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I use SQL Server 2014 and I have three tables:

  • Student (ID, Name, Age)
  • Product (ID, Name)
  • StudentProduct (StudentID, ProductID, Date)
TABLE Student(ID, Name, Age) >>
ID  Name    Age
1   Adam    20
2   Bob     17
3   Ben     18
4   Joseph  18 
5   Jon     18

TABLE Product (ID, Name) >>
ID  Name
1   SQLServer
2   Visual Studio
3   Idea
4   Eclipse

TABLE StudentProduct (StudentID, ProductID, Date) >>
StudentID   ProductID     Date
1           1             25.05.2016 0:00:00
1           4             26.06.2016 0:00:00
1           3             27.06.2016 0:00:00
1           2             28.06.2016 0:00:00
2           1             29.07.2016 0:00:00    

I've written a query to get all students who meet these criteria

  1. Are older than 19
  2. Participate in developing more than 3 products

Both criteria should be checked in a single query.

The desired result should then contain the

  1. Age of the student
  2. Name of student
  3. Name of the last developed product (using StudentProduct.Date)

Result should be:

Age   StudentName      ProductName
20    Adam             Visual Studio

My query is:

select e.age, e.name ,
(select top 1 p.Name from Product p
inner join StudentProduct peOut on p.ID = peOut.ProductID
where peOut.StudentID = e.ID
order by peOut.Date desc)
from Student e where e.age > 19
and exists (select pe.StudentID, count(1) from StudentProduct pe
where pe.StudentID = e.ID group by pe.StudentID
having count(1) > 3)

How can I improve the efficiency of my query?

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  • 1
    \$\begingroup\$ Please edit your title to tell us what the query is doing - as it stands this title would be applicable to every single SQL question on this site. Also, given your "wishful result", it's not clear whether the query actually does what you intend it to do; we help making your code work better, but we don't change what it does. \$\endgroup\$ – Mathieu Guindon Aug 15 '16 at 13:29
  • \$\begingroup\$ And add the actual DBMS (and version) you're using (TOP seems to indicate MS SQL Server). \$\endgroup\$ – dnoeth Aug 15 '16 at 13:33
  • \$\begingroup\$ @Mat'sMug I just want to make my query better, not checking whether it is correct. \$\endgroup\$ – StepUp Aug 15 '16 at 13:33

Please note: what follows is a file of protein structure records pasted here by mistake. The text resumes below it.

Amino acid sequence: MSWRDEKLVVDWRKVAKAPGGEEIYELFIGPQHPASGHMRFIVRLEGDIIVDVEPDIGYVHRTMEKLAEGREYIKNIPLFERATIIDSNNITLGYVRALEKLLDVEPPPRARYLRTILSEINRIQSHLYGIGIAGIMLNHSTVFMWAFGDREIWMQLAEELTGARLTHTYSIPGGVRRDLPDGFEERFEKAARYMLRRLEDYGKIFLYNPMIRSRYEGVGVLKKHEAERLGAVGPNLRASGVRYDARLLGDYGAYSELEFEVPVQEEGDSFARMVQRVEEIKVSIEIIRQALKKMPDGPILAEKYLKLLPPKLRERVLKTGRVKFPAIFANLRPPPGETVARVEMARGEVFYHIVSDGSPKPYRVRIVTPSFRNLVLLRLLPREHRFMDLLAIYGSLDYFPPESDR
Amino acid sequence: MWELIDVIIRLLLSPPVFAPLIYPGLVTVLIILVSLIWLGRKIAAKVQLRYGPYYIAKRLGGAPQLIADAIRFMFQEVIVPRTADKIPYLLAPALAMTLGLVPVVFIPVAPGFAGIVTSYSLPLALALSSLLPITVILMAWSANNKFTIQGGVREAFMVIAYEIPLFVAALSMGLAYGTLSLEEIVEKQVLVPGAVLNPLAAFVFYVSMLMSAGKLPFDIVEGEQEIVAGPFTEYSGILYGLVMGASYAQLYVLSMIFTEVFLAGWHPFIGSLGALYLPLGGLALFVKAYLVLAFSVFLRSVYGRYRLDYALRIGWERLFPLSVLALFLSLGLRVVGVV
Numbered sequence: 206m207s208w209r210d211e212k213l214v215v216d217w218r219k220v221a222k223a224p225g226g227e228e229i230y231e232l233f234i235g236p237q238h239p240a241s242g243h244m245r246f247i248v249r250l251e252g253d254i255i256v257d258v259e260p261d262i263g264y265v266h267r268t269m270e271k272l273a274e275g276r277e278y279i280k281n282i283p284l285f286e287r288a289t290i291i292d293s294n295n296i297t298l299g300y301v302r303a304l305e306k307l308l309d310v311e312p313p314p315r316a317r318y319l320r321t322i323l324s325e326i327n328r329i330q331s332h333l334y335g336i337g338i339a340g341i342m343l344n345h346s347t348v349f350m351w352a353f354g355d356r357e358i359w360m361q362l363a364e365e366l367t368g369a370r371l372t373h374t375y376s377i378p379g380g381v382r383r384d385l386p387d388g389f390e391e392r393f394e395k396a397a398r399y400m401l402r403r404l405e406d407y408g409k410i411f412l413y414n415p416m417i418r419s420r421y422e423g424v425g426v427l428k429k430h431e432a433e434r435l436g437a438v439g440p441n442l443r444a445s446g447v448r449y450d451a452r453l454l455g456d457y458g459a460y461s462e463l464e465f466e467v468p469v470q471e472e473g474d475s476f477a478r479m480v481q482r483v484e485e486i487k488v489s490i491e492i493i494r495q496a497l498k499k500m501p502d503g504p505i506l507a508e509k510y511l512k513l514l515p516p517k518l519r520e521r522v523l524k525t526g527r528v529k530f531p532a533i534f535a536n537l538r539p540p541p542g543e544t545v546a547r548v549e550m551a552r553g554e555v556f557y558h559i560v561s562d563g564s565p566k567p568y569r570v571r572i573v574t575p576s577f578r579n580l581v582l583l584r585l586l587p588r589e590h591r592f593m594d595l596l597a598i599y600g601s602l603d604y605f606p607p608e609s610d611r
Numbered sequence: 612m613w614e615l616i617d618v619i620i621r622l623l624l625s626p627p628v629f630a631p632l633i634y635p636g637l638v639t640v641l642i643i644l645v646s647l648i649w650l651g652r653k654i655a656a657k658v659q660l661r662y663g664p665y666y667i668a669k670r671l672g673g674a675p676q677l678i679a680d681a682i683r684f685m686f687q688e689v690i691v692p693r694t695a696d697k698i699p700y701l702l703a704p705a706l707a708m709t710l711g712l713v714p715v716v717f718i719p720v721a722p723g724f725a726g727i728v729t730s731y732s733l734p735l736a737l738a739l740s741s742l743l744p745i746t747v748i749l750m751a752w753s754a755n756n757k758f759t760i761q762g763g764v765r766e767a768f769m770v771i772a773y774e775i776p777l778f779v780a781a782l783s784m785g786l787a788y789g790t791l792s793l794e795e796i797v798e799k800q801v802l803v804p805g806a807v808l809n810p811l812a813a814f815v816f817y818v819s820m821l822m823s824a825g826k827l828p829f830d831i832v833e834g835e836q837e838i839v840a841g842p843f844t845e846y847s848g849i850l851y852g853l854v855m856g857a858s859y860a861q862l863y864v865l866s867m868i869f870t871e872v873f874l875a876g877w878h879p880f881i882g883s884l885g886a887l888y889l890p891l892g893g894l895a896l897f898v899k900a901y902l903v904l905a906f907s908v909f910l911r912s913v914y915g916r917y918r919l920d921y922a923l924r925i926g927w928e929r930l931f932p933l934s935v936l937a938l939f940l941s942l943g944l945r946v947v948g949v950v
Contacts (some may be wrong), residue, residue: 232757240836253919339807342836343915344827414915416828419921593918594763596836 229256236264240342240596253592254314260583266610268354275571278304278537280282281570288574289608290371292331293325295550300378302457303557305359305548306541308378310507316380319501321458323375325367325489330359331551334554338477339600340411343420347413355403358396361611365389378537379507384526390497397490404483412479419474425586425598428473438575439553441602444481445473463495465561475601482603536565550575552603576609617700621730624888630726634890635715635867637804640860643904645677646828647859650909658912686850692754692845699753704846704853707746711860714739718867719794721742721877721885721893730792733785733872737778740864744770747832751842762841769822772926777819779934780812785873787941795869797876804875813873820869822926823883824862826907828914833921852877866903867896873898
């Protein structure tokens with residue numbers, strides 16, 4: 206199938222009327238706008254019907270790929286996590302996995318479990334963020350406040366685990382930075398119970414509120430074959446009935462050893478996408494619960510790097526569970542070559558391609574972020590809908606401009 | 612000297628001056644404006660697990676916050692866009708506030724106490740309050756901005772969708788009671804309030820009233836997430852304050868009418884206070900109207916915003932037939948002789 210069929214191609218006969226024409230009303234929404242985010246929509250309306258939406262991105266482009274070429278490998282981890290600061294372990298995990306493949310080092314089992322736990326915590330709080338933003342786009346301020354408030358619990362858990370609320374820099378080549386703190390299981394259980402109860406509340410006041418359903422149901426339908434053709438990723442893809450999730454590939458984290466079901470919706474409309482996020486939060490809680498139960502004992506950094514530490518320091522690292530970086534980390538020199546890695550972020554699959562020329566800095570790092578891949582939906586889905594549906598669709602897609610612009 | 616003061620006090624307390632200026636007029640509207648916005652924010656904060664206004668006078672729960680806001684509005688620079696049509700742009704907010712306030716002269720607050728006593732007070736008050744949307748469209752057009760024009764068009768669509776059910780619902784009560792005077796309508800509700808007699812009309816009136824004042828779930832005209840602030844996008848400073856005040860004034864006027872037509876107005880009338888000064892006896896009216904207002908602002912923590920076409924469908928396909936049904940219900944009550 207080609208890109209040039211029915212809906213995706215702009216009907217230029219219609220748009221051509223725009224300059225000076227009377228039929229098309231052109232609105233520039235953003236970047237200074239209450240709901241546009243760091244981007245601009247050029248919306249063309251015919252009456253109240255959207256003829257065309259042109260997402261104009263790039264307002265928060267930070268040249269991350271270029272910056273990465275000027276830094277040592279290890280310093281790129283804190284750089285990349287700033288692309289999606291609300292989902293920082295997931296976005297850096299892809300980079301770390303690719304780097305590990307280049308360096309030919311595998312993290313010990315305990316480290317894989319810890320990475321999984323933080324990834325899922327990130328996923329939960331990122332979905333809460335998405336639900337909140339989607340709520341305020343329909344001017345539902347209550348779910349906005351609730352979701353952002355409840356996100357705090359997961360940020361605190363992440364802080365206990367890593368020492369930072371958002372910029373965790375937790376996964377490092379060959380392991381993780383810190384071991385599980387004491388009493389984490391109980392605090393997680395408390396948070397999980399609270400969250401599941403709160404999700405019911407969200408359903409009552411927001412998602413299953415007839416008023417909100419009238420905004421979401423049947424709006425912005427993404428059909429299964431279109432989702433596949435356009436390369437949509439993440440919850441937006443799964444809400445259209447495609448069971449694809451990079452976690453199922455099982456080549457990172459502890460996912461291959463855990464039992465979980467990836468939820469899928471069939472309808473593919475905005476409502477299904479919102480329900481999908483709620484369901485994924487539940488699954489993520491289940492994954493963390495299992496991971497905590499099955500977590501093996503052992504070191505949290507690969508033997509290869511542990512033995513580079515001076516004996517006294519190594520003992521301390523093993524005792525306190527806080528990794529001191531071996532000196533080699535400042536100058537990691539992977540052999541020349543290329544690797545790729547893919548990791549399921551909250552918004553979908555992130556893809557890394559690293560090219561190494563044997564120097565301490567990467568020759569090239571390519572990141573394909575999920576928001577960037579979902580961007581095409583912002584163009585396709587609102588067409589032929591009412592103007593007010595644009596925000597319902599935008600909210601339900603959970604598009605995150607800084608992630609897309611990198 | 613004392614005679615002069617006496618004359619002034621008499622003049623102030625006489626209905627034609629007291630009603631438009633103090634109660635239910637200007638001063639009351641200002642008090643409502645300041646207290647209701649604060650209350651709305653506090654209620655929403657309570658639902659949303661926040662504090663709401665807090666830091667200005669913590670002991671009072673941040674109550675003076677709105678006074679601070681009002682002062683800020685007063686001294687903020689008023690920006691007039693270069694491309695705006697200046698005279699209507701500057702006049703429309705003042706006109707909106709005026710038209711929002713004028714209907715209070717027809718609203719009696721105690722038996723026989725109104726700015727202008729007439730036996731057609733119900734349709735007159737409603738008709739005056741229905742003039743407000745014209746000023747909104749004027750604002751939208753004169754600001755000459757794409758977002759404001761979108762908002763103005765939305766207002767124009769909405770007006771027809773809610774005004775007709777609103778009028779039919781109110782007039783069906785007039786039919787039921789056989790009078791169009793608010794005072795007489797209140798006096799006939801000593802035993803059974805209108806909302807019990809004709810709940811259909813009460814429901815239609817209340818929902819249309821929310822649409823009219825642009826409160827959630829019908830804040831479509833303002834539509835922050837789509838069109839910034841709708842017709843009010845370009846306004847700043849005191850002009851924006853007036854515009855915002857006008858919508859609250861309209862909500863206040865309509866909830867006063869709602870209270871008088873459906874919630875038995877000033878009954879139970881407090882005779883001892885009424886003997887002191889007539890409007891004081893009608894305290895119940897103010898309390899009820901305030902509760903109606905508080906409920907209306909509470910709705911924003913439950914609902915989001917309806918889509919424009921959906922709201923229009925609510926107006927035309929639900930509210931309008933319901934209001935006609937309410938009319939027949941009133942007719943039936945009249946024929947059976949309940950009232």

• 1
    \$\begingroup\$ Your WHERE-conditions don't match your description. \$\endgroup\$ – dnoeth Aug 15 '16 at 13:34
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    \$\begingroup\$ I've edited your post for grammar - please let me know if any change I made changes the intent of your post \$\endgroup\$ – Dannnno Aug 15 '16 at 16:10
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Aside from the answer from dnoeth suggesting the use of analytical functions and common table expressions, your query style in general could be improved in several ways.

Note that these in no way will affect the performance, however they will greatly help the readability and maintainability of your queries.

  1. Use meaningful alias names. Single-letter aliases are discouraged when they do not give any information about the object or value they are referencing.

  2. Use white space to clarify structure. It's common to separate each individual statement by a new line, as well as to indent query code that is not the primary keywords (select, from, where, having, group by, order by, etc.)

  3. Use column aliases to format your result set. As written, your expected result column names will not be returned, rather they will be age, name and (no column name) respectively.

  4. Use code comments sparingly to clarify the intention of certain expressions, when it is not completely clear.

I applied the above to your original query and this is what the reformatted query could look like:

select 
    std.age as [Age], 
    std.name as [StudentName],